A county administrator with a conservation background has been tapped to lead the Wisconsin Department of Natural Resources.
Gov. Tony Evers appointed Adam Payne on Tuesday to serve as secretary of the DNR. He replaces Preston Cole, who announced he was retiring from the role in November.
"Adam has deep Wisconsin roots and understands that our vast and valuable resources — from our waterways to our farmlands — are core to who we are as a people and a state," said Evers in a news release. "He is an outdoorsman, a conservationist, and has been a strong, successful leader for Sheboygan County. I know he will bring that same dedication and spirit of service to this role as secretary."
Payne has been serving as the Sheboygan County administrator for the last two decades where he has overseen development of county budgets each year, as well as other programs and policy changes. Among them, he guided the county through the cleanup of the Sheboygan River and harbor, as well as a project to preserve 328 acres of undeveloped Lake Michigan shoreline at Amsterdam Dunes.
Before serving as the county’s administrator, Payne led the Wisconsin Land and Water Conservation Association as its executive director. He also spent five years working with the Wisconsin Department of Agriculture, Trade and Consumer Protection from 1990 to 1995. Payne headed the Farmland Preservation Program as its director during that time.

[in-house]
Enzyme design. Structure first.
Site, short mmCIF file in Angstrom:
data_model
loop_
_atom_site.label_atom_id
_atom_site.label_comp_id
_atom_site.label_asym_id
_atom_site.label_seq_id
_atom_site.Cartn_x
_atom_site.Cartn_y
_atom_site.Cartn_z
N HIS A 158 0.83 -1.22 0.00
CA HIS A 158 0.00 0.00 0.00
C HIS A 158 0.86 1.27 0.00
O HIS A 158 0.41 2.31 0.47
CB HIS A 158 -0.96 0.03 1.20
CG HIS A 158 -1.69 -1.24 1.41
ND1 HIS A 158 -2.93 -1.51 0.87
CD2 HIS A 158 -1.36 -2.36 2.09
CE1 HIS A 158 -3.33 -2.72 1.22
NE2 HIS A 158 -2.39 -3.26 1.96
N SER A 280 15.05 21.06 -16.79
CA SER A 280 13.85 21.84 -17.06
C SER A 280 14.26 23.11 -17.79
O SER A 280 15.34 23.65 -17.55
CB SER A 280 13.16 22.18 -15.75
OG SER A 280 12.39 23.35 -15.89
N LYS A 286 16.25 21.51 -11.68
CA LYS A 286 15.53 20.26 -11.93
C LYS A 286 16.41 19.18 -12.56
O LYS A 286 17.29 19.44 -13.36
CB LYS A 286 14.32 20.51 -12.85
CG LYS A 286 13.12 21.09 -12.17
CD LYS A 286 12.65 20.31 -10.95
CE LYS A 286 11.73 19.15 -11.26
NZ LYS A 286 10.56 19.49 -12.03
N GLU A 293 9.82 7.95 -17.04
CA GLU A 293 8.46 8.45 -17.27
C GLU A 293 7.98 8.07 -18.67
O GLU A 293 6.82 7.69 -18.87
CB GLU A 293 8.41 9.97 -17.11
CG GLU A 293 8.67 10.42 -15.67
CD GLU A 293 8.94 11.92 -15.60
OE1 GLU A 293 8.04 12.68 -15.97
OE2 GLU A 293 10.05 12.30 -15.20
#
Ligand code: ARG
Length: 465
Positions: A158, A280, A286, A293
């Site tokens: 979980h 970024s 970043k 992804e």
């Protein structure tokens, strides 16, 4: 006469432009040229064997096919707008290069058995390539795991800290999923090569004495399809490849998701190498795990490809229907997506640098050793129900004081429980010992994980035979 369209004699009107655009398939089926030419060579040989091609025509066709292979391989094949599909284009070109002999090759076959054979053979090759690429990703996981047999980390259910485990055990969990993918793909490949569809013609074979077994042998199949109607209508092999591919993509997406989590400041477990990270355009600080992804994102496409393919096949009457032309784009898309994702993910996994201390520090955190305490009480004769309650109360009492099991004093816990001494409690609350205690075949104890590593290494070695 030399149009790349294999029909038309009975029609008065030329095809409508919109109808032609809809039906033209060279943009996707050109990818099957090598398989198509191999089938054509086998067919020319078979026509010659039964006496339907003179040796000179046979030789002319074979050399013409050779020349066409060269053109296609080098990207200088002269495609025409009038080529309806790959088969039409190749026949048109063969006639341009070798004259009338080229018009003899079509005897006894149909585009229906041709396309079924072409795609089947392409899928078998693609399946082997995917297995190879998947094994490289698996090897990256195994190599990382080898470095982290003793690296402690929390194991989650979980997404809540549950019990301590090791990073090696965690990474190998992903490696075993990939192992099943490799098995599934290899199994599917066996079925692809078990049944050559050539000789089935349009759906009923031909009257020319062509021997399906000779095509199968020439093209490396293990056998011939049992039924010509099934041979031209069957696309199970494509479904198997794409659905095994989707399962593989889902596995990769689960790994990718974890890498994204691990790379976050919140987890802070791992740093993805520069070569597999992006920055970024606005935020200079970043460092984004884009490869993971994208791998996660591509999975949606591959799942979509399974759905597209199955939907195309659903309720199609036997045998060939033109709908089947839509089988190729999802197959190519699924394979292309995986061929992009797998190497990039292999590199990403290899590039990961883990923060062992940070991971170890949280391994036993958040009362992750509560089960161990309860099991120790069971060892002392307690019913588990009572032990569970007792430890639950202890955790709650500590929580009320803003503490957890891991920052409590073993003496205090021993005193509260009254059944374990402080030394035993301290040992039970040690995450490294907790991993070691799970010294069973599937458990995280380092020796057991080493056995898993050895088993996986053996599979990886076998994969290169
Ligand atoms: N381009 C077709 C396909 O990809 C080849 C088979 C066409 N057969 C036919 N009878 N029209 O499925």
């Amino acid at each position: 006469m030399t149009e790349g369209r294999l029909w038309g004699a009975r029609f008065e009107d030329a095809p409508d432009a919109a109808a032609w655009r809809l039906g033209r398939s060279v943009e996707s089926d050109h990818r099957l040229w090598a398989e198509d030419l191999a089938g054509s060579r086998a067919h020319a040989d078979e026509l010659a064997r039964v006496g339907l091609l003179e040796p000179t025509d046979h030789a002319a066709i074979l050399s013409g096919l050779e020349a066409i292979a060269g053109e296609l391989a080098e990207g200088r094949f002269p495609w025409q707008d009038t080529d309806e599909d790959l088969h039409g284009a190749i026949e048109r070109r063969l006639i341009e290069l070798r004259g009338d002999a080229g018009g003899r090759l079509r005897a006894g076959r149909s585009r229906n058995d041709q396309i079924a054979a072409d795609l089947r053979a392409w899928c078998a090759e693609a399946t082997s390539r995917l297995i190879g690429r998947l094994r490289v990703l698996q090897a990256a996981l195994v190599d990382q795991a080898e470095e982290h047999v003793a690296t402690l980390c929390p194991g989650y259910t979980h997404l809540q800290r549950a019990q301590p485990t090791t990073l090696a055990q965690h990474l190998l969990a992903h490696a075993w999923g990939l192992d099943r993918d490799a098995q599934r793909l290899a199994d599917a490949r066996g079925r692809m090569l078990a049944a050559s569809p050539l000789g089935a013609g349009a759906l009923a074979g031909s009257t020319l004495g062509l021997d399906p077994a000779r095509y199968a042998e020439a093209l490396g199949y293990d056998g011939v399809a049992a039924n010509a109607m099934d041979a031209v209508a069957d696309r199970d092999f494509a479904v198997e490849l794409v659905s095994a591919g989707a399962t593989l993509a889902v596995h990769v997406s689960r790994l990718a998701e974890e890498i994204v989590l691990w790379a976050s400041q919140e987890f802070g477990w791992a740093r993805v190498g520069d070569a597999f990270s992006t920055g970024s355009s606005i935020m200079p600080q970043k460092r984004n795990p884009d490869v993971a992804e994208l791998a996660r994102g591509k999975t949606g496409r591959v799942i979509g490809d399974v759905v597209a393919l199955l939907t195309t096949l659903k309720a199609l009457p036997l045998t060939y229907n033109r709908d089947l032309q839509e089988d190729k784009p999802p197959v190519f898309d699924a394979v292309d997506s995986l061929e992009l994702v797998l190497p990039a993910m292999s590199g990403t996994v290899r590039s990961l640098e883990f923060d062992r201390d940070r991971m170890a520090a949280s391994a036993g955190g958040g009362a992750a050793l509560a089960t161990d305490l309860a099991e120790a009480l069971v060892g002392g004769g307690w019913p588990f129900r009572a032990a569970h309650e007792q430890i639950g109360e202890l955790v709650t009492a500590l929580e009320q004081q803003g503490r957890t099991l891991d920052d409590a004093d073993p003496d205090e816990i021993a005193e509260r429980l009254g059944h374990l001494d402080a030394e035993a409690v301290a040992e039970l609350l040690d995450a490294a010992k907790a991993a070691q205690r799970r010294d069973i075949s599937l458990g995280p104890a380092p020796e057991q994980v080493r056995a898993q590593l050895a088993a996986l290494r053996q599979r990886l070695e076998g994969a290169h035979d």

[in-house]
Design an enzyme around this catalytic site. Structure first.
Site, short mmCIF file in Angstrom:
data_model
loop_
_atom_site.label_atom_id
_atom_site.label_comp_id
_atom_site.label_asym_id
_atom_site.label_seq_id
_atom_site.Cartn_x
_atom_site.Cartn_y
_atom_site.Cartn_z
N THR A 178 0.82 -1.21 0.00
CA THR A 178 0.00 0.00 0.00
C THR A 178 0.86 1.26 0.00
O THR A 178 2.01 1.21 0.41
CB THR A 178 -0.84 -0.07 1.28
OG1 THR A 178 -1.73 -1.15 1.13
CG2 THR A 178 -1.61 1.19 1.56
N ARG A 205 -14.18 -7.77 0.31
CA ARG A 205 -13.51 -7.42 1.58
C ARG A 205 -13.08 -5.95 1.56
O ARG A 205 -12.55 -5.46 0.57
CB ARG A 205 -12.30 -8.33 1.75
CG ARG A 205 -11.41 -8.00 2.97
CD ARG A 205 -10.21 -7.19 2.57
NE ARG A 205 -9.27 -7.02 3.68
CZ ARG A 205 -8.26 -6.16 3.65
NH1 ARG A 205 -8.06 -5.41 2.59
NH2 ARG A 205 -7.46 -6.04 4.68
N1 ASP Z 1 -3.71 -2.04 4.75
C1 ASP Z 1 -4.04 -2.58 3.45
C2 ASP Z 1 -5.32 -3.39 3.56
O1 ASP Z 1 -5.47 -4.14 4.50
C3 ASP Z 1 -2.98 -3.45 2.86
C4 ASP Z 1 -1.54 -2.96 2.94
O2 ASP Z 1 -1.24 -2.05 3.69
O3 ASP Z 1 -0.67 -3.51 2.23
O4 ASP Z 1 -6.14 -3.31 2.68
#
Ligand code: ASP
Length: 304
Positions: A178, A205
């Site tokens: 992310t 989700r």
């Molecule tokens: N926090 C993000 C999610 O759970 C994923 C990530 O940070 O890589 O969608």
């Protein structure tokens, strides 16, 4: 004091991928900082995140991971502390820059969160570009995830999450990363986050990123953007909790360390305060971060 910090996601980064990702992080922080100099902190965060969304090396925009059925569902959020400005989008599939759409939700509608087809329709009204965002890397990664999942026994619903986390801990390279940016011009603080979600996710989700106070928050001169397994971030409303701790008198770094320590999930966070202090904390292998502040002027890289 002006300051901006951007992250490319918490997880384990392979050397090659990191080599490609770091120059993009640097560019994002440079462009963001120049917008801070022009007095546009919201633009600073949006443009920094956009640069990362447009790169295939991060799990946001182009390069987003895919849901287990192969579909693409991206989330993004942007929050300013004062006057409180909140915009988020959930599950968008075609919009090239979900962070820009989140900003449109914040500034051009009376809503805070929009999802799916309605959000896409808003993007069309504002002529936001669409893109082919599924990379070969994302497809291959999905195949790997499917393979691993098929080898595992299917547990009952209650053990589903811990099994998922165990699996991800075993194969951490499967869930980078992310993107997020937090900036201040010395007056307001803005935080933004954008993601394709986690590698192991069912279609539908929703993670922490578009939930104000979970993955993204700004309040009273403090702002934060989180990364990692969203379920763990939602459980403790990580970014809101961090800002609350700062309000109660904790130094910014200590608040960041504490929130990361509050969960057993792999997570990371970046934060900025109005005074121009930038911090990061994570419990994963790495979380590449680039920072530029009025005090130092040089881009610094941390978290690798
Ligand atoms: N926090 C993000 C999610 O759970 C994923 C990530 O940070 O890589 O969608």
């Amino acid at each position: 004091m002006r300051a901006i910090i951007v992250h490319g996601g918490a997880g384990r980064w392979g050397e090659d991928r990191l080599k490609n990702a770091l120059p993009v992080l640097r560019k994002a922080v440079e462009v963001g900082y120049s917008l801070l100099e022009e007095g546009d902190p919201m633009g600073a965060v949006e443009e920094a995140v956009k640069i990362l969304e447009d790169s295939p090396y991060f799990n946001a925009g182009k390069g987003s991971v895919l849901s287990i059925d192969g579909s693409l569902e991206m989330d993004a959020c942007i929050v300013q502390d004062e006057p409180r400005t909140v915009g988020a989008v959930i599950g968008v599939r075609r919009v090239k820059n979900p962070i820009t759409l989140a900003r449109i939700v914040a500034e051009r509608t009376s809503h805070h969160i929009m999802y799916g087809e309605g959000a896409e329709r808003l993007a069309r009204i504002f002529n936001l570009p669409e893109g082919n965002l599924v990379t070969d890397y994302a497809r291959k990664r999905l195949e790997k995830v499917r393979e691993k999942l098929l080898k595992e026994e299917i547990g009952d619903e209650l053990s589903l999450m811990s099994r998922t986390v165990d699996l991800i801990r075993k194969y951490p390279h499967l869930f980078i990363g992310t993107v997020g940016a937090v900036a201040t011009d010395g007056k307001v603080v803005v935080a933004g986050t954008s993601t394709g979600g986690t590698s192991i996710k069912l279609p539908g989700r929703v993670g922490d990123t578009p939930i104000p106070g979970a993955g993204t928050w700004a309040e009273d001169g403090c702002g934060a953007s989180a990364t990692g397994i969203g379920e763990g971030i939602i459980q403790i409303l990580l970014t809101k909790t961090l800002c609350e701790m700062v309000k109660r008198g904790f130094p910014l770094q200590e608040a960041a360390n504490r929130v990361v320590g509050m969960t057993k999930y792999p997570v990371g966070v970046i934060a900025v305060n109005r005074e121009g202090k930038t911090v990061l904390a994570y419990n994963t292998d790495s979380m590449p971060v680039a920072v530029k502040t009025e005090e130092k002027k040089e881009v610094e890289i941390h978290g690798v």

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Payne said it's an honor to lead the agency.
"I have always had a passion for protecting and enhancing our natural resources and am an avid outdoorsman," Payne said in a statement. "I look forward to working with a strong and diverse team of DNR staff, the Board and its many partners and stakeholders to problem-solve, protect, and enhance our natural resources for people today and for generations to come."
Payne received bachelor’s and master’s degrees from the University of Wisconsin-Madison in communications and urban and regional planning.
He will begin serving as the DNR secretary Jan. 3.
However, his appointment is subject to confirmation from the Republican-controlled Senate. At least 150 Evers appointees were still awaiting confirmation as of September, according to data from the state's nonpartisan Legislative Reference Bureau.